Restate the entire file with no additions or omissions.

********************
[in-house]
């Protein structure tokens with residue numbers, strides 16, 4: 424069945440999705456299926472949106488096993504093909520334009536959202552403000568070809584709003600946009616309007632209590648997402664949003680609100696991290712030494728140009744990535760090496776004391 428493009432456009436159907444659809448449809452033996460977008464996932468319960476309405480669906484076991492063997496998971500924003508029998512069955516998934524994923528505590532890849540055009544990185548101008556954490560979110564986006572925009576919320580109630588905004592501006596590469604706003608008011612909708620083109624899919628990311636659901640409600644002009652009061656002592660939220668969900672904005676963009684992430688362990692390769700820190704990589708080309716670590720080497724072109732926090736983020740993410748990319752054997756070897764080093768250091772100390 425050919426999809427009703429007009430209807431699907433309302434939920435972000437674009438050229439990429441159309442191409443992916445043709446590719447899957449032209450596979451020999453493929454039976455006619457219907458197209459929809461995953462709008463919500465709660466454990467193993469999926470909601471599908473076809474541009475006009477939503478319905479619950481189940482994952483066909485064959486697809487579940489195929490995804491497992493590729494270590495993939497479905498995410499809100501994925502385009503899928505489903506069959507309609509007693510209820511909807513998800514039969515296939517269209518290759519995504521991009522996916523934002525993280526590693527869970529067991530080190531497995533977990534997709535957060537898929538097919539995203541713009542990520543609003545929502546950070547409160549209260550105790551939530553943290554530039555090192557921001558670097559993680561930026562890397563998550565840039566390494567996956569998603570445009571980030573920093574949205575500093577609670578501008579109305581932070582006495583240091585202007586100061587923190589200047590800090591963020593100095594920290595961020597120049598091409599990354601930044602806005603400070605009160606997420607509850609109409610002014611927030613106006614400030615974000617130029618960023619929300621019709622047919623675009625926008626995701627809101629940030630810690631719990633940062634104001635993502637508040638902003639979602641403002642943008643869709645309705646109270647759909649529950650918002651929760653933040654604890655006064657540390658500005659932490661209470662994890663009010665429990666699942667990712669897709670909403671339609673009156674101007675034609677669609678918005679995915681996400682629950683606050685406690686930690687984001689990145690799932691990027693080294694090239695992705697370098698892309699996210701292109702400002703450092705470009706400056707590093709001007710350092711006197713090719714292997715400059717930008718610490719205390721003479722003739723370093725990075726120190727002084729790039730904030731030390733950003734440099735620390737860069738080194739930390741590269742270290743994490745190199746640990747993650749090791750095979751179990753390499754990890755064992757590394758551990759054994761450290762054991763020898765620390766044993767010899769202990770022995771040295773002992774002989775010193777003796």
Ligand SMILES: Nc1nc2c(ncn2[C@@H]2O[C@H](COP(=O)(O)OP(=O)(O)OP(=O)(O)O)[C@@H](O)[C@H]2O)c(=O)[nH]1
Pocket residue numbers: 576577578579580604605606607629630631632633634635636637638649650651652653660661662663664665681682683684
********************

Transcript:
[in-house]
């Protein structure tokens with residue numbers, strides 16, 4: 424069945440999705456299926472949106488096993504093909520334009536959202552403000568070809584709003600946009616309007632209590648997402664949003680609100696991290712030494728140009744990535760090496776004391 428493009432456009436159907444659809448449809452033996460977008464996932468319960476309405480669906484076991492063997496998971500924003508029998512069955516998934524994923528505590532890849540055009544990185548101008556954490560979110564986006572925009576919320580109630588905004592501006596590469604706003608008011612909708620083109624899919628990311636659901640409600644002009652009061656002592660939220668969900672904005676963009684992430688362990692390769700820190704990589708080309716670590720080497724072109732926090736983020740993410748990319752054997756070897764080093768250091772100390 425050919426999809427009703429007009430209807431699907433309302434939920435972000437674009438050229439990429441159309442191409443992916445043709446590719447899957449032209450596979451020999453493929454039976455006619457219907458197209459929809461995953462709008463919500465709660466454990467193993469999926470909601471599908473076809474541009475006009477939503478319905479619950481189940482994952483066909485064959486697809487579940489195929490995804491497992493590729494270590495993939497479905498995410499809100501994925502385009503899928505489903506069959507309609509007693510209820511909807513998800514039969515296939517269209518290759519995504521991009522996916523934002525993280526590693527869970529067991530080190531497995533977990534997709535957060537898929538097919539995203541713009542990520543609003545929502546950070547409160549209260550105790551939530553943290554530039555090192557921001558670097559993680561930026562890397563998550565840039566390494567996956569998603570445009571980030573920093574949205575500093577609670578501008579109305581932070582006495583240091585202007586100061587923190589200047590800090591963020593100095594920290595961020597120049598091409599990354601930044602806005603400070605009160606997420607509850609109409610002014611927030613106006614400030615974000617130029618960023619929300621019709622047919623675009625926008626995701627809101629940030630810690631719990633940062634104001635993502637508040638902003639979602641403002642943008643869709645309705646109270647759909649529950650918002651929760653933040654604890655006064657540390658500005659932490661209470662994890663009010665429990666699942667990712669897709670909403671339609673009156674101007675034609677669609678918005679995915681996400682629950683606050685406690686930690687984001689990145690799932691990027693080294694090239695992705697370098698892309699996210701292109702400002703450092705470009706400056707590093709001007710350092711006197713090719714292997715400059717930008718610490719205390721003479722003739723370093725990075726120190727002084729790039730904030731030390733950003734440099735620390737860069738080194739930390741590269742270290743994490745190199746640990747993650749090791750095979751179990753390499754990890755064992757590394758551990759054994761450290762054991763020898765620390766044993767010899769202990770022995771040295773002992774002989775010193777003796």
Ligand SMILES: Nc1nc2c(ncn2[C@@H]2O[C@H](COP(=O)(O)OP(=O)(O)OP(=O)(O)O)[C@@H](O)[C@H]2O)c(=O)[nH]1
Pocket residue numbers: 576577578579580604605606607629630631632633634635636637638649650651652653660661662663664665681682683684